Street artist RUN “wasn’t ever beaten up by bankers”
- Credit: photo: Arnaud Stephenson
“I’ve never been beaten up by bankers before,” legendary street artist RUN told me laughing, as we reached a violent scene depicting men in suits laying into the semi-autobiographical character ‘G’ as he showed me around his exhibition.
Otherwise known as Giocomo Bufarini, his first ever gallery show of 83 pen and ink illustrations tell a surreal story dealing with Biblical themes like Creation and temptation along with other philosophical nuggets including capitalism, war, creativity, birth and death.
The detailed sketches in ‘Parabola di G’ are set against a bold 3D backdrop more akin to his work on the streets, repeating themes from the circular narrative of the sketches, which starts with a comet crashing to earth and ends with a comet taking off into space.
The story follows ‘G’, who finds a “hat of imagination” in the wake of the comet’s destruction, and is enticed by a mermaid into a temple - modelled on Wall Street - where he is recognised as not being “part of the system”.
The Italian who moved from Ancona to London seven years ago says his story is influenced by his time in the city, where he has sometimes encountered “psychological violence” – even if he has never literally been attacked.
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“Sometimes when you can’t find humanity around you, and you are treated like one of the insignificant people, which we are, I have felt like that,” he said.
“We are constantly surrounded by bodies so we don’t distinguish any more, but at the same time every person has a mother, father, kids, friends, has been loved, we kind of forget that, there is a lack of humanity sometimes.
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“Individual preciousness gets lost very easily, in big cities especially.”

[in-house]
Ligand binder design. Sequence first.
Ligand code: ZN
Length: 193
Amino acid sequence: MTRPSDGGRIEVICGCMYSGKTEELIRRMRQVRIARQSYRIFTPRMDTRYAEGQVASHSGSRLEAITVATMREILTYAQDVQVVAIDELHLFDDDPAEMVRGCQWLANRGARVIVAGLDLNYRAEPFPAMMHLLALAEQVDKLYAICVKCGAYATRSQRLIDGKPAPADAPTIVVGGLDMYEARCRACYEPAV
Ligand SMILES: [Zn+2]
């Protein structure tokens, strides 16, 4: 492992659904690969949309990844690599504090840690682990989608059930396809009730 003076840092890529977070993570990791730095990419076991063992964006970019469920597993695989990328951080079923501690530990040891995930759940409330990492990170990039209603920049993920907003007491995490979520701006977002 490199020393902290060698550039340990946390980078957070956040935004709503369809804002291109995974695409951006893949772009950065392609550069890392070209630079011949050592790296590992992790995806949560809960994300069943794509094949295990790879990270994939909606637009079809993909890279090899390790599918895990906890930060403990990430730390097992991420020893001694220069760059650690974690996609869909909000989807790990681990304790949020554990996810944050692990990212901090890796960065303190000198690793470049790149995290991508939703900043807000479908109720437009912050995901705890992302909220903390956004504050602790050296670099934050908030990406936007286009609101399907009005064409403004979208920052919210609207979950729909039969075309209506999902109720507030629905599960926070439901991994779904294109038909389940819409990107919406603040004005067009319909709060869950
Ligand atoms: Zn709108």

Although GIocomo, who lives in Lower Clapton, feels as though he has lost out on a certain quality of life by being here where the pace of life is so fast, he concedes that opportunities taking part in this show would perhaps not happen elsewhere.
Now 34, he has always been attracted to street art and painted his first graffiti of letters two decades ago as a teenager.
It set in motion a hobby which saw him painting murals on abandoned walls in Bologna and Florence under the pseudonym ‘RUN’, catalysing the European street art movement.
Today his works can be found adorning street corners from China and Senegal to Hackney.
“That’s something I will always want to do,” he said.
“It’s very important to give people the possibility of seeing not just the artwork but ultimately that someone cares about putting an artwork spontaneously on the street, without any money involved or commission paid, I think it’s such a generous thing to do.
“It gives hope, a smile, it gives the idea that potentially we can reclaim what is our space, and it’s a political act, to take a space and do something you love, not just vandalising it.
“Although if you do a big colourful flower on a dirty corner of the street I’m sure there will always be someone who will say you have vandalised it.”
The story ends with a demonic King Kong gorilla who takes control of the hat of creativity, but G tricks him into self destruction, rips out his heart, and launches it into space to become a comet once more.
“In everyone there is a spark of good even if they have been living in the wrong way,” he explained.
“I think art is a bit like choosing the love and giving away not the imagination - because the imagination is within the love - but it’s a bit like passing the baton when you do a marathon, now it’s your time to do the story.”
The exhibition runs at the Howard Griffin Gallery in Shoreditch High Street until January.